I actually recently attended a filming of Bar Rescue in Denver. I found out from a local online newspaper. I went to the stress test after they teach the bartenders new drinks and the chef new food. Basically what happened was they had some film staff outside asking people if they came for the bar rescue filming and they would have you sign release waivers to be filmed. Then they sent us to a bar next door to wait until they had enough people to make a "line" that they could film. After the line filming we were all instucted to rush the bar. They also told us to avoid talking to Jon and to not look at the cameras. Once in the bar we were told that we can only order from a list of 3 drinks that the bartenders were taught. The drinks were not free. It was 5 bucks per drink. It appeared that the bartenders were purposly trying to make people wait a long time for there drinks to make us upset. I was front and center for 40 mins with no drinks! As for Jon, he seemed pretty genuine. It didnt seem like he was "acting". He's just really good at yelling at people. The celebrity bartender girl seemed a little over the top. She was just constantly trying to irriate the bartenders. Some of them seemed legitimately stressed out. Well that was my experience with it. I was entertained. I'm planning on attending the reveal of the new bar tonight. I'll post my experience with that later.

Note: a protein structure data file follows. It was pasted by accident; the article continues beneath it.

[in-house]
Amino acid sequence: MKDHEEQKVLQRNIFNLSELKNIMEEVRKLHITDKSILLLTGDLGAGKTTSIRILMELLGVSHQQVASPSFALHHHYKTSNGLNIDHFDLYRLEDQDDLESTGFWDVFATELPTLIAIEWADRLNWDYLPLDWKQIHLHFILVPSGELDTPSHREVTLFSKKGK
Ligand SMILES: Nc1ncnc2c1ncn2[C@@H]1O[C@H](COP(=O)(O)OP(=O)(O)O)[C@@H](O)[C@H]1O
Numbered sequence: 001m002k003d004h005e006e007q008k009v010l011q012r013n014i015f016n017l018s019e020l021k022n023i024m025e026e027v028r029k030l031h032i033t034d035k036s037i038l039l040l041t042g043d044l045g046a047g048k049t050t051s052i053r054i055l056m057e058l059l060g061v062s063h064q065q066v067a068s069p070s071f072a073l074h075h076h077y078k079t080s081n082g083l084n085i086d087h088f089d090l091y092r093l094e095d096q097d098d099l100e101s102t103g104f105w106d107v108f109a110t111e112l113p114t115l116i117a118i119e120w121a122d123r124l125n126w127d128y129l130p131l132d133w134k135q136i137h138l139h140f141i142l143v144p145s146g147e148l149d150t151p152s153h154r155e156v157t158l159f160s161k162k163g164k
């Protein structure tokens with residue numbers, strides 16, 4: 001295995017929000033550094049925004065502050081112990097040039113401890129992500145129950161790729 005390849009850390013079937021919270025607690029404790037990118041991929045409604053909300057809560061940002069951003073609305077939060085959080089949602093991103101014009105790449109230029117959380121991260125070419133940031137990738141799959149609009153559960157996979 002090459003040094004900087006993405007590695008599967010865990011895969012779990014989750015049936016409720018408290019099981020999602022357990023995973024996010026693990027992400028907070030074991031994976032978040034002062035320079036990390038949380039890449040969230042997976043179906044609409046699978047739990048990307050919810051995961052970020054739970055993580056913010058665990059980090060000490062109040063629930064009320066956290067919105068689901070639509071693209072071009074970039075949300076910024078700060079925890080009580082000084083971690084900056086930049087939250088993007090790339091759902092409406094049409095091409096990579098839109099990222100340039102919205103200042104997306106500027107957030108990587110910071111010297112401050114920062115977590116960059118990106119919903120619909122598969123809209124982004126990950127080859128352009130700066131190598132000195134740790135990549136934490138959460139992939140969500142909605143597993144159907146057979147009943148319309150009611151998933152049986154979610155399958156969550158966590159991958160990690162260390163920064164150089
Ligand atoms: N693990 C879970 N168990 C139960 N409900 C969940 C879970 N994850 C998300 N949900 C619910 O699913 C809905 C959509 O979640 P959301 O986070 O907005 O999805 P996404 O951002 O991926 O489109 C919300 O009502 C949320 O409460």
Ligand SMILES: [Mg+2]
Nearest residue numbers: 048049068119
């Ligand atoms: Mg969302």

#5 Oct 30, 2013
Right on Frank S! That segment seemed a bit unrealistic to me as well. Bartending for 15 years, I've had my fair share of stressors...none of which appeared in the form of an authority figure chastising me in front on customers. Isn't that what the office is for? Completely unprofessional.